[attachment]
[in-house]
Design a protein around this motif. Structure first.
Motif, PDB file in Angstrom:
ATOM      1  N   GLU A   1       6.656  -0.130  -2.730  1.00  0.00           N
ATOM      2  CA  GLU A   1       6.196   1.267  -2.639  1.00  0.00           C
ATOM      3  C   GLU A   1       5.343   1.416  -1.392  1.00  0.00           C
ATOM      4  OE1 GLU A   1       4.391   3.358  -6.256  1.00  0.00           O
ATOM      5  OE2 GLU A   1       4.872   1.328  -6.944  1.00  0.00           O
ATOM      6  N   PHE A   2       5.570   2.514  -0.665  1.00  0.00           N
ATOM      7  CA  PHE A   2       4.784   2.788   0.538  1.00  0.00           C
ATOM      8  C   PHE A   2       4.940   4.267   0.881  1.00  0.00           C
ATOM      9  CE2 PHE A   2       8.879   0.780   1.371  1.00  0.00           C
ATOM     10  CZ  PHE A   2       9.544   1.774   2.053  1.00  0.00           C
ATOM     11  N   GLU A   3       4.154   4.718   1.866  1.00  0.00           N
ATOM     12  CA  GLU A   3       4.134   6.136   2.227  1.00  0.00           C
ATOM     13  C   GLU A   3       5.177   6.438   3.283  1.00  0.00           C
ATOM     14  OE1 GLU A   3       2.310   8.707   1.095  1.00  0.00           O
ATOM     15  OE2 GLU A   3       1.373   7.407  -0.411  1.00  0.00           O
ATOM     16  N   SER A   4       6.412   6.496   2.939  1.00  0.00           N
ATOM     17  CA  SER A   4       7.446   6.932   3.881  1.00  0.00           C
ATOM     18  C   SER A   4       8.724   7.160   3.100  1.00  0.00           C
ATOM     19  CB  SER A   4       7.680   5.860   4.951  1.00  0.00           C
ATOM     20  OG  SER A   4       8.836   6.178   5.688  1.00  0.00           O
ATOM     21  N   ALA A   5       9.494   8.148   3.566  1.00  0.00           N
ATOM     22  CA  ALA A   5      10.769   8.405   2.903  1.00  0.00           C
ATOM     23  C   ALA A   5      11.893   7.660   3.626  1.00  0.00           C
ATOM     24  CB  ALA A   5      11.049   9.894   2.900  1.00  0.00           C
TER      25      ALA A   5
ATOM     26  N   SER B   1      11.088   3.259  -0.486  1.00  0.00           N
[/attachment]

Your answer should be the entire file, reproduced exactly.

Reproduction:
[in-house]
Design a protein around this motif. Structure first.
Motif, PDB file in Angstrom:
ATOM      1  N   GLU A   1       6.656  -0.130  -2.730  1.00  0.00           N
ATOM      2  CA  GLU A   1       6.196   1.267  -2.639  1.00  0.00           C
ATOM      3  C   GLU A   1       5.343   1.416  -1.392  1.00  0.00           C
ATOM      4  OE1 GLU A   1       4.391   3.358  -6.256  1.00  0.00           O
ATOM      5  OE2 GLU A   1       4.872   1.328  -6.944  1.00  0.00           O
ATOM      6  N   PHE A   2       5.570   2.514  -0.665  1.00  0.00           N
ATOM      7  CA  PHE A   2       4.784   2.788   0.538  1.00  0.00           C
ATOM      8  C   PHE A   2       4.940   4.267   0.881  1.00  0.00           C
ATOM      9  CE2 PHE A   2       8.879   0.780   1.371  1.00  0.00           C
ATOM     10  CZ  PHE A   2       9.544   1.774   2.053  1.00  0.00           C
ATOM     11  N   GLU A   3       4.154   4.718   1.866  1.00  0.00           N
ATOM     12  CA  GLU A   3       4.134   6.136   2.227  1.00  0.00           C
ATOM     13  C   GLU A   3       5.177   6.438   3.283  1.00  0.00           C
ATOM     14  OE1 GLU A   3       2.310   8.707   1.095  1.00  0.00           O
ATOM     15  OE2 GLU A   3       1.373   7.407  -0.411  1.00  0.00           O
ATOM     16  N   SER A   4       6.412   6.496   2.939  1.00  0.00           N
ATOM     17  CA  SER A   4       7.446   6.932   3.881  1.00  0.00           C
ATOM     18  C   SER A   4       8.724   7.160   3.100  1.00  0.00           C
ATOM     19  CB  SER A   4       7.680   5.860   4.951  1.00  0.00           C
ATOM     20  OG  SER A   4       8.836   6.178   5.688  1.00  0.00           O
ATOM     21  N   ALA A   5       9.494   8.148   3.566  1.00  0.00           N
ATOM     22  CA  ALA A   5      10.769   8.405   2.903  1.00  0.00           C
ATOM     23  C   ALA A   5      11.893   7.660   3.626  1.00  0.00           C
ATOM     24  CB  ALA A   5      11.049   9.894   2.900  1.00  0.00           C
TER      25      ALA A   5
ATOM     26  N   SER B   1      11.088   3.259  -0.486  1.00  0.00           N